Letters to the Editor
All about aliens06/16/2016 - 14:38 Astrobiology, Earth, Animals
New telescopes and spacecraft will soon help researchers scour our galaxy for signs of extraterrestrial life. But what might aliens look like? And if they do exist, why haven’t they returned our calls? These are just some of the questions addressed in the Science News special report “In Search of Aliens” (SN: 4/30/16, p. 24).
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News in Brief
Two more of the ingredients for life as we know it have turned up in space, this time from a comet orbiting the sun. While hints of both have been seen in comets before, this is the clearest evidence to date.
Glycine, the smallest of the 20 amino acids that build proteins, is floating in the tenuous atmosphere of comet 67P/Churyumov-Gerasimenko, researchers report online May 27 in...
Solar outbursts may have supplied early Earth with the right stuff for life.
Based on telescope observations of young sunlike stars, researchers estimate that “super” solar flares bombarded Earth with energetic particles at least once a day around 4 billion years ago. Collisions between the particles and molecules in Earth’s atmosphere produced nitrous oxide, a planet-warming greenhouse...
Toddlers, I know from experience, believe themselves to be very, very special — the center, in fact, of the entire universe. With maturity, however, most of us learn that we are not quite as special as we thought. Other people are important, too.
It’s similar with Earthlings in general. As humans have learned about the size of the cosmos (and our not-so-central place in it),...
Just how fantastical a planet can be and still support recognizable life isn’t just a question for science fiction. Astronomers are searching the stars for otherworldly inhabitants, and they need a road map. Which planets are most likely to harbor life? That’s where geoscientists’ imaginations come in. Applying their knowledge of how our world works and what allows life to flourish, they are...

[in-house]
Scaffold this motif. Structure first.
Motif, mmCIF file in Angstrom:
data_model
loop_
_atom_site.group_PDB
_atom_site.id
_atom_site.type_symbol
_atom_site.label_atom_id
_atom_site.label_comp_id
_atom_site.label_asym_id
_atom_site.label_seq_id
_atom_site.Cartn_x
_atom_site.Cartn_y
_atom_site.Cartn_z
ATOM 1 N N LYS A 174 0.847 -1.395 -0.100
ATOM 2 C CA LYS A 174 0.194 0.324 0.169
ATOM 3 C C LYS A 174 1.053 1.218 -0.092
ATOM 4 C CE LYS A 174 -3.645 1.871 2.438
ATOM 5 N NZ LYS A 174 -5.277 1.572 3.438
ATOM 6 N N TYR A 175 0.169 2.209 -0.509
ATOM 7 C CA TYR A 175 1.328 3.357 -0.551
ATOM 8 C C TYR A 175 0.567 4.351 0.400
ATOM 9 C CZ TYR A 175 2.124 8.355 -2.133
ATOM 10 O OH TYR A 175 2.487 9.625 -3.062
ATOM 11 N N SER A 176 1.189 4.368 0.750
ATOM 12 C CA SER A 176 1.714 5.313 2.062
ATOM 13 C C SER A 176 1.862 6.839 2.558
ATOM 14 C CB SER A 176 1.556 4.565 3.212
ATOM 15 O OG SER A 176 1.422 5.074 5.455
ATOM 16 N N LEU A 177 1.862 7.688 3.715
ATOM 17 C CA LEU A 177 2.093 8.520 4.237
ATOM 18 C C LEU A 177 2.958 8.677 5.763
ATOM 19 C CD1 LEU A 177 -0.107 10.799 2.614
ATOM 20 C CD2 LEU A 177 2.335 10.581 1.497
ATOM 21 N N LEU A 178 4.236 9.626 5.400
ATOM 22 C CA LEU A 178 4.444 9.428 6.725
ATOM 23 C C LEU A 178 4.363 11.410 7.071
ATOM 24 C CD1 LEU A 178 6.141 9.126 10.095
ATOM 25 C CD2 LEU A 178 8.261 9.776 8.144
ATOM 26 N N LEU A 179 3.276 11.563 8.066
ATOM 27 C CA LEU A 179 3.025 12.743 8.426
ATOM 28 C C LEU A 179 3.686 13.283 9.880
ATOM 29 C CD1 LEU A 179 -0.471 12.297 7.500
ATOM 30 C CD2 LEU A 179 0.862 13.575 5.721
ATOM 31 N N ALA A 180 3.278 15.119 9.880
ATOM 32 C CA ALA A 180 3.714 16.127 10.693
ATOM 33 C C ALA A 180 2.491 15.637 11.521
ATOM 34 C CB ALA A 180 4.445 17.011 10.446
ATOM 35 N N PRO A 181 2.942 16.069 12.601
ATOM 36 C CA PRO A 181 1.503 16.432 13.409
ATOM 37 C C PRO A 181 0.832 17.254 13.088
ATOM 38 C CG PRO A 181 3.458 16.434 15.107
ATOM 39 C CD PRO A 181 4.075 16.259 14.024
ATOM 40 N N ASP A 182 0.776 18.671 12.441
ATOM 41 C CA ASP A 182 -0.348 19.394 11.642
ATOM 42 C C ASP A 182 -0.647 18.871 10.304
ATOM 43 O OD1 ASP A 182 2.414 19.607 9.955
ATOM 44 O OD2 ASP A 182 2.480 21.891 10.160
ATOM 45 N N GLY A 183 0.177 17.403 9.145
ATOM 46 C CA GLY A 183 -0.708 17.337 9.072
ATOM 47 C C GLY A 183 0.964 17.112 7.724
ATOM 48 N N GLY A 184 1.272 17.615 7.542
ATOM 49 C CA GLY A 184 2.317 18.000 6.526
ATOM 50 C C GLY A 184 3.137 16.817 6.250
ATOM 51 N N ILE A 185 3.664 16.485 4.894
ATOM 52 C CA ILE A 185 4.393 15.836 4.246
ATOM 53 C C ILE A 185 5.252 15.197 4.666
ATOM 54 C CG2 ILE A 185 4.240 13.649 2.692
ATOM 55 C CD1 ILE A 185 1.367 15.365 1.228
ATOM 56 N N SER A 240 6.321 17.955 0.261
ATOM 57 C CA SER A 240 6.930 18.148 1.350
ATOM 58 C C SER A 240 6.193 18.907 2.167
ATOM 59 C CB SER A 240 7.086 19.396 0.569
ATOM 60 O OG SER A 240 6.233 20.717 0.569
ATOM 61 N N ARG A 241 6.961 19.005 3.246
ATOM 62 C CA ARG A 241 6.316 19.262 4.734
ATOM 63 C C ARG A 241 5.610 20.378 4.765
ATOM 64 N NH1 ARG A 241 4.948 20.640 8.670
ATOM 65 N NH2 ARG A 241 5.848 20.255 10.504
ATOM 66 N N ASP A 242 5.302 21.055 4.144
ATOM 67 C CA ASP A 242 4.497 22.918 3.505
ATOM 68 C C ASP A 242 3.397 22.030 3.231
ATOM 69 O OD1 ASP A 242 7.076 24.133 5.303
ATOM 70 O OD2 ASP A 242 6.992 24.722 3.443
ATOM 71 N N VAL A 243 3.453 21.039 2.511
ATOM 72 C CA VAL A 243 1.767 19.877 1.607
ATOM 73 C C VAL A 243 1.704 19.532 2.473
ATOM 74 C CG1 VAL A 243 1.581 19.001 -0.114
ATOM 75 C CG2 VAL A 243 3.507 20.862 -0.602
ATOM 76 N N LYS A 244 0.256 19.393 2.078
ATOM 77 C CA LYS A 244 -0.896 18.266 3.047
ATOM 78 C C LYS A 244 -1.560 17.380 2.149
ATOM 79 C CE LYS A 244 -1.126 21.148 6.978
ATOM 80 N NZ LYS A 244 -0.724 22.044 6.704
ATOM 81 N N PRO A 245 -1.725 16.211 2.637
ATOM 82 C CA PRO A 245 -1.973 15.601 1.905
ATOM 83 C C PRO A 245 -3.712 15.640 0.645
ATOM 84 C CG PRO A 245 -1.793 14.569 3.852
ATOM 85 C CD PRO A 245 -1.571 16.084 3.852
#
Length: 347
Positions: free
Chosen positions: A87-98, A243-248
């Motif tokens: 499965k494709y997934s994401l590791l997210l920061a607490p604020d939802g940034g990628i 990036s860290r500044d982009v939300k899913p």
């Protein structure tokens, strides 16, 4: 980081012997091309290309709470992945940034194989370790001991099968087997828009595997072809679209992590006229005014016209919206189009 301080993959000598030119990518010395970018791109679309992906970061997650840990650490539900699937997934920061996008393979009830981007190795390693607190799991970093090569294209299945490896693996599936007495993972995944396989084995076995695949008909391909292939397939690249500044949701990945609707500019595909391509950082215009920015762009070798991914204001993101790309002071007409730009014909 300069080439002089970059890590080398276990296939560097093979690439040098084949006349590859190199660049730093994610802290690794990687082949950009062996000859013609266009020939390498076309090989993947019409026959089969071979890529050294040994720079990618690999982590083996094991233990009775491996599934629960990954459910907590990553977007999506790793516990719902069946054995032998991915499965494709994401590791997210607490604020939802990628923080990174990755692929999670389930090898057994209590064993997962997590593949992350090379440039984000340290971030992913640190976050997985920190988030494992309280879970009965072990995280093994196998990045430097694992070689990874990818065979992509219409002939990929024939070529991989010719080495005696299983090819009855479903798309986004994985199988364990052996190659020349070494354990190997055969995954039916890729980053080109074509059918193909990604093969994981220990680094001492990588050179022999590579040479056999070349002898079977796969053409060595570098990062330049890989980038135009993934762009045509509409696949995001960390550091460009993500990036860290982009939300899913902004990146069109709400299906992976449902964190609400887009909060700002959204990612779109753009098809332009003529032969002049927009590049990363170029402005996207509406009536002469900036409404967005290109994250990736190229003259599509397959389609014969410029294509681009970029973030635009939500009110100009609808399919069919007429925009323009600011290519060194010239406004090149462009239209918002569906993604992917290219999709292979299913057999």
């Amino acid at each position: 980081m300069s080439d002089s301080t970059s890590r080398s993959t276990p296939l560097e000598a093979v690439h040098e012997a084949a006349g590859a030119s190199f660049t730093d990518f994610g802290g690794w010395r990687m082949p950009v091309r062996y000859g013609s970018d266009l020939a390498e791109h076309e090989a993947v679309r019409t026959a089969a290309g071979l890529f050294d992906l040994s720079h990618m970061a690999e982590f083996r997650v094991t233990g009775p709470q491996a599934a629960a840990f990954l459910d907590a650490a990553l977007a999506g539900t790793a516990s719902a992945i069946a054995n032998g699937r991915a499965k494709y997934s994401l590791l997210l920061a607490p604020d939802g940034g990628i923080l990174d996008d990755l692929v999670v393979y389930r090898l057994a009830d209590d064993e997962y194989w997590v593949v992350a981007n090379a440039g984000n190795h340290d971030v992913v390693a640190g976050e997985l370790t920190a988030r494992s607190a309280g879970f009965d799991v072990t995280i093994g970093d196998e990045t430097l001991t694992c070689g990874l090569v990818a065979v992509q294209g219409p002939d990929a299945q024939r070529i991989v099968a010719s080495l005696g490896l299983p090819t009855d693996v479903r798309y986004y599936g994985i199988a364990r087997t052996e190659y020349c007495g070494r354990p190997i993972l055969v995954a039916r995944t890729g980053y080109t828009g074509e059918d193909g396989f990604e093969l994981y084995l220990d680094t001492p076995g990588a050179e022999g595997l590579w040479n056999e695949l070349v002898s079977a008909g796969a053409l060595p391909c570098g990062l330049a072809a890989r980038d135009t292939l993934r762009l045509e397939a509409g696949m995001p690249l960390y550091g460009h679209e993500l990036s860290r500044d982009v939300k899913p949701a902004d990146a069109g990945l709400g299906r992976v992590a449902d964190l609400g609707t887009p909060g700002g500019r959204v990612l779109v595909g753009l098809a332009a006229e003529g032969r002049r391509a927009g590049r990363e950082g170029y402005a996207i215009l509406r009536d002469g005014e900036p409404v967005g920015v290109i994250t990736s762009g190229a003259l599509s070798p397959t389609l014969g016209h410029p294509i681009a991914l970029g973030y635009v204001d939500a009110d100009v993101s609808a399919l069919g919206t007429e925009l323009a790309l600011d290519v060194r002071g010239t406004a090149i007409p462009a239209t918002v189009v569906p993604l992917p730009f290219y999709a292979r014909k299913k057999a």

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Our galaxy is teeming with planets. Over the last 25 years, astronomers have cataloged about 2,000 worlds in 1,300 systems scattered around our stellar neighborhood. While most of these exoplanets look nothing like Earth (and in some cases, like nothing that orbits our sun), the bonanza of alien worlds implies a tantalizing possibility: There is a lot of real estate...
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In a 1967 episode of Star Trek, Captain Kirk and crew investigated the mysterious murders of miners on the planet Janus VI. The killer, it turned out, was a rock monster called the Horta. But the Enterprise’s sensors hadn’t registered any signs of life in the creature. The Horta was a silicon-based life-form, rather than carbon-based like living things on Earth.
Human Evolution galleryNow open01/18/2016 - 14:00 Science & Society, Human Evolution, Astrobiology, Biophysics
This new, permanent display marches through 7 million years of hominid history; highlights include a 3.5-million-year-old tooth from Tanzania, a Neandertal skull and the world’s oldest known wooden spear.NATURAL HISTORY MUSEUM IN LONDONStratospheric Balloons Over AntarcticaFebruary 2, 2016
In this free public lecture, a physicist will explain how he uses...
There’s water on Mars. Yes, again.
In the most highly publicized Mars discovery of the year, NASA announced that its Mars Reconnaissance Orbiter spacecraft had spotted hydrated salt minerals on the Red Planet (SN: 10/31/15, p. 17). The salty streaks appear in the same places as dark, hillside marks that lengthen and shrink with the Martian seasons. Brine probably oozes from the...
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Scientists are used to suspending disbelief when they go to movies. But The Martian, opening October 2, offers a mostly realistic view of conditions astronauts might encounter on Mars.
The movie “is a vision of a future we can step into and make happen,” says Jim Green, director of NASA’s planetary science division and a science adviser to director Ridley Scott....